With Jhye Richardson steaming in as England still trailled by more than 250 runs, a short ball kicked up off his glove and into the grill of his helmet.
Broad needed to a trip to hospital after being struck by a Varun Aaron bouncer during the fourth Test against India back in 2014, Mark Waugh saying he hasn’t been the same batter since.
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“Vicious, clear intent – Broady won’t be surprised by that,” Waugh said on Fox Sports commentary.
“He hasn’t quite been the same after that nasty blow some years ago.”
There was a stoppage for a couple of minutes as Broad was looked over and put through concussion protocols.
“When you’ve had your cage rattled like that, I’m not sure you want to answer the correct questions,” Brett Lee offered in the booth.
Lee said that despite the unfortunate situation, you want to set the tone and immediately follow up an incident like this with another short ball. Richardson duly obliged.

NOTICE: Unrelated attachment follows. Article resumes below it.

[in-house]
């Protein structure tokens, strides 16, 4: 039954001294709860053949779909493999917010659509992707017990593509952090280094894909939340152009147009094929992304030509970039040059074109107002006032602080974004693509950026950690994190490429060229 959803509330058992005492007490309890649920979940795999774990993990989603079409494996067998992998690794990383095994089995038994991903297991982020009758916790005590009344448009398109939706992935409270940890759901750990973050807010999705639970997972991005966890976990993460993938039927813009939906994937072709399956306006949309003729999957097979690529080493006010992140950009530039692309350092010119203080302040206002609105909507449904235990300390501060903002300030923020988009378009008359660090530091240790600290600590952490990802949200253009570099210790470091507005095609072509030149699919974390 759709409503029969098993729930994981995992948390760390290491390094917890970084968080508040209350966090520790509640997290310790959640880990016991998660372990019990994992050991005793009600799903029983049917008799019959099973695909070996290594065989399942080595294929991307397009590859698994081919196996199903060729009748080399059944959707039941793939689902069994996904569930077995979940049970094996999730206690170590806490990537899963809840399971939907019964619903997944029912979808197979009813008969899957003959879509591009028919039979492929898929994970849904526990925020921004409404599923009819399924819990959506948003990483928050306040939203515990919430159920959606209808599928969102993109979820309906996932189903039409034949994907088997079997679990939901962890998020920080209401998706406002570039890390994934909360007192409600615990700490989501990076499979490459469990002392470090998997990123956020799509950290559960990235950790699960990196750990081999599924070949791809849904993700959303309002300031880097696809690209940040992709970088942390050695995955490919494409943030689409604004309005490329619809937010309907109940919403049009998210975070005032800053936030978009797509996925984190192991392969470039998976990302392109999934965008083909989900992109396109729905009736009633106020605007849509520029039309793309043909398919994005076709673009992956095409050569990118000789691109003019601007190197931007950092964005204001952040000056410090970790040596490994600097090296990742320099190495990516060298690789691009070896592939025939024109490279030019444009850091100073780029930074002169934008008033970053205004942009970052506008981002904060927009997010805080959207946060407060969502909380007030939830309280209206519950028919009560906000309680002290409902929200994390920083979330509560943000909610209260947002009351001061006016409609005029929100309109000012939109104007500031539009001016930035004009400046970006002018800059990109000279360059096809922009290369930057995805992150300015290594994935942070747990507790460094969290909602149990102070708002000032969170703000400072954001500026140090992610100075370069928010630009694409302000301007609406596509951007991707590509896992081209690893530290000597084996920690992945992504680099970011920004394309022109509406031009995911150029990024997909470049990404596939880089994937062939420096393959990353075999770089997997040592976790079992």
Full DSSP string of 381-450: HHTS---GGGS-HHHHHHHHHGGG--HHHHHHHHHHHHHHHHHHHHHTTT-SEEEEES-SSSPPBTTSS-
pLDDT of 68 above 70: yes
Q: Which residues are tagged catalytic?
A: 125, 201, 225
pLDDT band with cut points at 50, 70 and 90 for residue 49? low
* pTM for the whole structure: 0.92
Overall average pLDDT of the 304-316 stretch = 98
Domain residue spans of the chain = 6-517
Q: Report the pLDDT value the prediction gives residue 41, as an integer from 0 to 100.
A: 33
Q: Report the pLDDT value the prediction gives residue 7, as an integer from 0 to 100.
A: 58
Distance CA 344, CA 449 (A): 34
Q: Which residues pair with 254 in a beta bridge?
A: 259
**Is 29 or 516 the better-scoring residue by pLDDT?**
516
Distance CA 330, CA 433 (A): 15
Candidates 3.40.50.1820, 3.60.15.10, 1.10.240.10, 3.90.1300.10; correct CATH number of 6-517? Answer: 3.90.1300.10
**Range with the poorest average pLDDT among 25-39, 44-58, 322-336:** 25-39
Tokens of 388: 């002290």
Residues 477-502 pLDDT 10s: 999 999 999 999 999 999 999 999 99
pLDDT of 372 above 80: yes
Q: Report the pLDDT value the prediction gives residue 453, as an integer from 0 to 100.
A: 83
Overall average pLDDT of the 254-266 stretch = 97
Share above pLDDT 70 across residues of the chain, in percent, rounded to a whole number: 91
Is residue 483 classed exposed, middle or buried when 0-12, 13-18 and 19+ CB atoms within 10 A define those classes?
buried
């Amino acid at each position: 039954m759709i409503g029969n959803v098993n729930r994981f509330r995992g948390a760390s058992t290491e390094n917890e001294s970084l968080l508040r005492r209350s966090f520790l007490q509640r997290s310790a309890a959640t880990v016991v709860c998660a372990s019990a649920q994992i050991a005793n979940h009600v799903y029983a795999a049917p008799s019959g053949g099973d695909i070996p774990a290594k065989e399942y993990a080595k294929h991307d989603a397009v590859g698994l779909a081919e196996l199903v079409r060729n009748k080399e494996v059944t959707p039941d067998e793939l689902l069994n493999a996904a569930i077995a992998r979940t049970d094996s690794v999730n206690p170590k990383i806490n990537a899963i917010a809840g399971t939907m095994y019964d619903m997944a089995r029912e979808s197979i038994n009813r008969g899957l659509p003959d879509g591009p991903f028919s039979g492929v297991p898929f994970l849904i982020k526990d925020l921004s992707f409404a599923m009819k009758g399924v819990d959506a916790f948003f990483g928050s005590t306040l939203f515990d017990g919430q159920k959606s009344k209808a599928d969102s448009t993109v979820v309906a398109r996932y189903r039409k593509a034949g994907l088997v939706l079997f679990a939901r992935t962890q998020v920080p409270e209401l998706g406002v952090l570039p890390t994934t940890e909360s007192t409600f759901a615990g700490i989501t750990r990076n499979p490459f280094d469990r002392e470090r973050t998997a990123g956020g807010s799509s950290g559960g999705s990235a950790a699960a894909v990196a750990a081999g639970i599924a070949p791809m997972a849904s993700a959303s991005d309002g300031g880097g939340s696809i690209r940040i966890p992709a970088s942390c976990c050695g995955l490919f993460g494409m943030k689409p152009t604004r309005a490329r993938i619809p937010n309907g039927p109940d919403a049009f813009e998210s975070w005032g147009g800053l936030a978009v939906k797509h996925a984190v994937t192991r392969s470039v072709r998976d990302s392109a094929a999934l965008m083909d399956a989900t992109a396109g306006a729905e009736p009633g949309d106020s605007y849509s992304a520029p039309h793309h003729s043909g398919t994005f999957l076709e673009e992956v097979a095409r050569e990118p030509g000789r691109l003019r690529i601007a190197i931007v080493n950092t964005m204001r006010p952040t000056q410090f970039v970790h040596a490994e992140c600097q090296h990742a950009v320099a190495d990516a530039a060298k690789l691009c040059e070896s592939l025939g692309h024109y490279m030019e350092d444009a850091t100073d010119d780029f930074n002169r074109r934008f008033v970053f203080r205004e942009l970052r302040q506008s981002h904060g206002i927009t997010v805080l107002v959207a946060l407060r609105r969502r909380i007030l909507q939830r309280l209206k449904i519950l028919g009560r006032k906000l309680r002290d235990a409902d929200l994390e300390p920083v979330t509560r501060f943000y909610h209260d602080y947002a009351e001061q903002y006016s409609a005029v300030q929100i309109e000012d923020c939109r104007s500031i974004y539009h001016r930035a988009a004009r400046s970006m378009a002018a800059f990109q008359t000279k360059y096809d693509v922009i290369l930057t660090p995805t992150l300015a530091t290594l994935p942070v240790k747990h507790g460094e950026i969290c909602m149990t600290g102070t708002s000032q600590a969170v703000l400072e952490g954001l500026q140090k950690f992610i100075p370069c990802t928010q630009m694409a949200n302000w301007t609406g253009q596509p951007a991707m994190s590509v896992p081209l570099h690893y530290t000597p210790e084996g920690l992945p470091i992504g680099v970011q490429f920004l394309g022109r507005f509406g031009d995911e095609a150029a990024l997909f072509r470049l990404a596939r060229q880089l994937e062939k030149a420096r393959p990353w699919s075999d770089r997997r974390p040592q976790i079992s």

“You don’t want people to get hurt — you might try to put on a big, tough fast bowler profile, I guess, but at the end of the day it’s player safety that’s most important,” Lee said.
Broad bravely batted on, smacking a six off Richardson’s next over before being caught in the deep off Mitchell Starc to end the innings.
Somewhat surprisingly, Australia elected to bat again under the lights, despite being entitled to enforce to follow on, should they have desired to do so.
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